Story & Photos by Andy Lyons, Editor-in-Chief
During last Friday’s Art Walk in Warrensburg, Mo., patrons were treated to a gleaming white piano in front of The Gallery Artist Cooperative. With plenty of acrylic paint on hand, passersby were prompted to paint the piano, the first of several planned for the Warrensburg community by the Warrensburg Arts Commission.
The Painted Piano Project marks an official pairing between the Warrensburg Arts Commission and the Warrensburg Arts Collective. The two share many of the same goals on a different level. Jay Linhardt, organizer of the Arts Collective and co-owner of The Gallery, compared the two entities.
“The Arts Commission does some pretty large-scale projects that bring many outside artists into the community,” he said. “The Arts Collective’s focus is completely local. The community needs both aspects, I believe we can supplement some of their projects and they have been very supportive of ours so far.”
Pine Street is typically thought of as the party hub of Warrensburg. With the First Friday Art Walks, much of the traffic includes families with younger children. The Piano Project exemplified this when the night started off with a young girl playing from training books, but also included Linhardt playing as well as a group of teenagers who stopped to play and sing together.
“Anything we can do to encourage creativity in the youth of our community I’m all behind,” he said. “One of our goals of the Arts Collective is to do just that. It’s a needed and appreciated thing here in town. I think the Burgzbop Kid’s Concert was a perfect example of that. Why not have one of the Main Street summer concert series dates be devoted to encourage music and dance for kids? That was the most attended concert ever. That speaks volumes to the value youth social and cultural programs are.”
Gary Grigsby, Vice Chair of the Arts Commission, said there are plans for multiple pianos around town including downtown – one at The Gallery Artist Cooperative and one at the Downtown Vibrations circles near the center of Pine Street.
“There will be another one or two downtown, with one at the railroad station pending approval from Amtrak,” Grigsby said. “We’re also looking at a couple of locations such as the gazebo in Blind Boone Park and north of the community center building at Grover Park. In the future, we’re looking at the possibility of putting one at Children’s Memorial Park near the entrance to Sunset Hills Cemetery.”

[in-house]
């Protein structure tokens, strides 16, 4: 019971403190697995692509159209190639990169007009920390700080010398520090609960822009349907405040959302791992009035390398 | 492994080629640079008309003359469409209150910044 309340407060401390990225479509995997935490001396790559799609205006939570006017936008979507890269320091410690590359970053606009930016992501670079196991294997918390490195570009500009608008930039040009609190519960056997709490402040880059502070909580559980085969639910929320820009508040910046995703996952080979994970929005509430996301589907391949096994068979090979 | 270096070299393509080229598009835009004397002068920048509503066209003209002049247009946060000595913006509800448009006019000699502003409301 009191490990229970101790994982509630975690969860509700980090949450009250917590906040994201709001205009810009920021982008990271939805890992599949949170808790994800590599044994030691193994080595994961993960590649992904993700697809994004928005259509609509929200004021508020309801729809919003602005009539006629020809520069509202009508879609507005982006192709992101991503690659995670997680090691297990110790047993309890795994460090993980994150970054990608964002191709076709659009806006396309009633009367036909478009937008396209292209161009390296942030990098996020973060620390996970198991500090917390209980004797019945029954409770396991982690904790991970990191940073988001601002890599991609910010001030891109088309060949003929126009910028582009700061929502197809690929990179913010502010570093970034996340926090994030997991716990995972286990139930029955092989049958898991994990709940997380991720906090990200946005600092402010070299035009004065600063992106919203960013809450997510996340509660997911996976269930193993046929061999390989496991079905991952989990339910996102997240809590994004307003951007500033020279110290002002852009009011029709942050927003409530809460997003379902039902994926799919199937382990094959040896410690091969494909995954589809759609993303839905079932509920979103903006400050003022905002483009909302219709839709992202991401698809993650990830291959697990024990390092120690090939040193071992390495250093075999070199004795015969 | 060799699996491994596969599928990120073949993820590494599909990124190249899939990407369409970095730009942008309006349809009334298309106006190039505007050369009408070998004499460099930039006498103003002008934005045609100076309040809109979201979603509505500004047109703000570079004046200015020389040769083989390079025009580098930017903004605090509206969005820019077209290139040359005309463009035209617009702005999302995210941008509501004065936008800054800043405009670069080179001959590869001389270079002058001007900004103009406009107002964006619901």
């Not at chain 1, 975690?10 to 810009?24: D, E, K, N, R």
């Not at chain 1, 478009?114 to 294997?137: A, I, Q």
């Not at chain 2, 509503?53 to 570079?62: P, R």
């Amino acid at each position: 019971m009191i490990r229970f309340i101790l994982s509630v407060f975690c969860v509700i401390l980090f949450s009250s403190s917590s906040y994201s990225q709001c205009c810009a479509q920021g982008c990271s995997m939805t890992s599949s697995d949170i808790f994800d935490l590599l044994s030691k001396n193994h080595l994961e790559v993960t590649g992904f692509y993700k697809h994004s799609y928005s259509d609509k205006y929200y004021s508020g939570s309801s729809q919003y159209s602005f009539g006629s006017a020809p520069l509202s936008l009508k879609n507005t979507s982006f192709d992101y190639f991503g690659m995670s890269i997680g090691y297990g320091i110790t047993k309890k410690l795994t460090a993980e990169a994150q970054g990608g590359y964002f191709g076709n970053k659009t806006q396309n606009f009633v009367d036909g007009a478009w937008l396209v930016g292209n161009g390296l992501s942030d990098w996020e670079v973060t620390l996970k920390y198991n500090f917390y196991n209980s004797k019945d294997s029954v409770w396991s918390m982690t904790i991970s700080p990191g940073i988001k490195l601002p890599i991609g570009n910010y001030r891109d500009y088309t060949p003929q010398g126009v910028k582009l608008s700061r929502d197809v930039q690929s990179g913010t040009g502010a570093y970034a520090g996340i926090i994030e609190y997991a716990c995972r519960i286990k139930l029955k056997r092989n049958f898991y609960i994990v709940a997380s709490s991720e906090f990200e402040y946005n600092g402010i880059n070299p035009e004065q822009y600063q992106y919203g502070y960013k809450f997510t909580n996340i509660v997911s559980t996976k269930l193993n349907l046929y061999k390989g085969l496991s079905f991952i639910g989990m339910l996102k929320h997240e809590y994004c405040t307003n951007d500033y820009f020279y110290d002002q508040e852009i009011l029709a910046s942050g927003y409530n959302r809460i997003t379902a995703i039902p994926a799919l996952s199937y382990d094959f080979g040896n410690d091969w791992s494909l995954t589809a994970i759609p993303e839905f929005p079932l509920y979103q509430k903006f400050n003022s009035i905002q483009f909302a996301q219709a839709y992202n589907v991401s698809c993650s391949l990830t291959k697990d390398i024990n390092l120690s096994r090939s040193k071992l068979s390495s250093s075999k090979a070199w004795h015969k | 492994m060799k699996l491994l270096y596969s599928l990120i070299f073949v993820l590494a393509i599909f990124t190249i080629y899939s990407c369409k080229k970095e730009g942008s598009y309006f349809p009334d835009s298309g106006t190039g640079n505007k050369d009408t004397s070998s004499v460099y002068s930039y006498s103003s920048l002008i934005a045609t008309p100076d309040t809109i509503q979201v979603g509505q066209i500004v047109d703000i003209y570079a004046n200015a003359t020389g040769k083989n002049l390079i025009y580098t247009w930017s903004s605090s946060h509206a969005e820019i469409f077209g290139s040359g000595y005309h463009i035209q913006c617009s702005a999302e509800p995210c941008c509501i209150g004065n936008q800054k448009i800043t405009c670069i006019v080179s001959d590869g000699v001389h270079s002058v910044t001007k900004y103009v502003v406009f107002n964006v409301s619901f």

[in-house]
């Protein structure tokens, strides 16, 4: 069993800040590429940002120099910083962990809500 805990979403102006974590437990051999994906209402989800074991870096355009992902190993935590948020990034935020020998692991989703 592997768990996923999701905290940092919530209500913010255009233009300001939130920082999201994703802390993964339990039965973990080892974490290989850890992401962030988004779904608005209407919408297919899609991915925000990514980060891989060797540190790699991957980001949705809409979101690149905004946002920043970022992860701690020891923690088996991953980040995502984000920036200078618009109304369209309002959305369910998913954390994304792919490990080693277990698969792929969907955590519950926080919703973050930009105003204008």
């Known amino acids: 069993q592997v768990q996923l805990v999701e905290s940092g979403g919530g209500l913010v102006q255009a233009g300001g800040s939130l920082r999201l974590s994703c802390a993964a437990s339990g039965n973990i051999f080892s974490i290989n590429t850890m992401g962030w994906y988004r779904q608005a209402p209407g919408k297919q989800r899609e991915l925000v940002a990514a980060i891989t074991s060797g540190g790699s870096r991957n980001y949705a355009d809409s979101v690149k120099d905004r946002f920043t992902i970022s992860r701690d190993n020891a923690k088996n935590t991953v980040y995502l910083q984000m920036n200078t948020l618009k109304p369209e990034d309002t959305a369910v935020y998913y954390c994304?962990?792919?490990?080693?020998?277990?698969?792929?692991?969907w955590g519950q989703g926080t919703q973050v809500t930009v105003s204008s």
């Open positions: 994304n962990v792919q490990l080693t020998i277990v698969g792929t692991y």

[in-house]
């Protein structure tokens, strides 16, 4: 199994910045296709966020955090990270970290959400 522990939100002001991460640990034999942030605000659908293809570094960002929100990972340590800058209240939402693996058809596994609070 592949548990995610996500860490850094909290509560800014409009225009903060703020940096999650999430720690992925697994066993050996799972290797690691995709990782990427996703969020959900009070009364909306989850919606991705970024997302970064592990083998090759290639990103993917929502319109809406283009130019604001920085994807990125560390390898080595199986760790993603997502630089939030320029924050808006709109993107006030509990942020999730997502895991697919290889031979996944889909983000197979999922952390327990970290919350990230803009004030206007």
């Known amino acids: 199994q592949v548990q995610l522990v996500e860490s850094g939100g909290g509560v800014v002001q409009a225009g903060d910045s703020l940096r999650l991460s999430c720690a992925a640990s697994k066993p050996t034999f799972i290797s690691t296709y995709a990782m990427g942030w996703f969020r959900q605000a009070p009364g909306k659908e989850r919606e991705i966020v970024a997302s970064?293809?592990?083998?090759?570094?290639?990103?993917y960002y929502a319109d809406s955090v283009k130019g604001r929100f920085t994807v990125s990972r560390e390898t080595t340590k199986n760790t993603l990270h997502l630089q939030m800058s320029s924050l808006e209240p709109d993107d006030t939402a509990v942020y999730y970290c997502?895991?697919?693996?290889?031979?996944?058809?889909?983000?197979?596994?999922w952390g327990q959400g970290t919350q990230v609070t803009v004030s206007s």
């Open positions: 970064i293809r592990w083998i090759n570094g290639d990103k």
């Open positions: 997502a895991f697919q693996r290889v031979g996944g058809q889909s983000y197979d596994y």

Linhardt said he imagines “many very special impromptu performances from members of the community and visitors. It does draw your attention seeing someone playing a piano outside on the street.”
Grigsby seconded that, saying he foresees the community being involved in piano tours of Warrensburg.
“I’d like to eventually have a piano tour and start it at (Downtown Vibrations), and moves to The Gallery, and then moves to gazebo 1 and gazebo 2 with the thought that parents, family and neighbors and even happenchance people in the downtown area would stop, look and listen and we’d have some information for them,” Grigsby said.
With the first two pianos, The Arts Collective will be completing the first one in the next few weeks and will roll the piano out to the sidewalk in front of The Gallery Artist Cooperative daily to be enjoyed by people downtown.
“We would like to see it have some basic design, but also be apparent it was a collective work,” Linhardt said. “So maybe a central theme with each side done a little differently, we’ll decide all together at the next Arts Collective meeting on Wednesday.”
The other piano, which will be at Downtown Vibrations, is being painted by Warrensburg local artist Guy Albert. Grigsby said his plan is to paint it to match it with the colored circles to appear as if they are coming out of the ground onto the piano.
Grigsby also said the Arts Commission is planning to purchase a player piano, a self-playing piano that contains a pneumatic or electro-mechanical mechanism that operates the piano action via pre-programmed music recorded on perforated paper. He said the plan is to transport the piano to Old Drum Days, Fall Festival, and other downtown festivities.
He said he would also try to wheel the piano out for the Warrensburg Farmer’s Market, although he noted the paper rolls the piano plays are fragile so there will be certain parameters involved for the piano’s use.
Grigsby said the Painted Piano Project will evolve as it develops, but the plan is to start small and build on the program depending on its successes.
“I think we’re going to evaluate what occurred with that (the piano at The Gallery) and then make a decision on how to move forward,” he said. “We may involve one of the public schools and have students paint a piano, maybe even two or three paint a different piano or a different section. It’s all kind of up in the air.
“We could have a school paint it and then after two or three months of use offer it for sale to the parents who painted it and use the funds to continue the project.”
The debut of the project brought people of all ages and all walks of life together, which Grigsby said is the most important part of the Painted Piano Project.
“We’re being a little creative in the approach but the idea is to get the community involved and give them the opportunity to play and hear the pianos,” Grigsby said.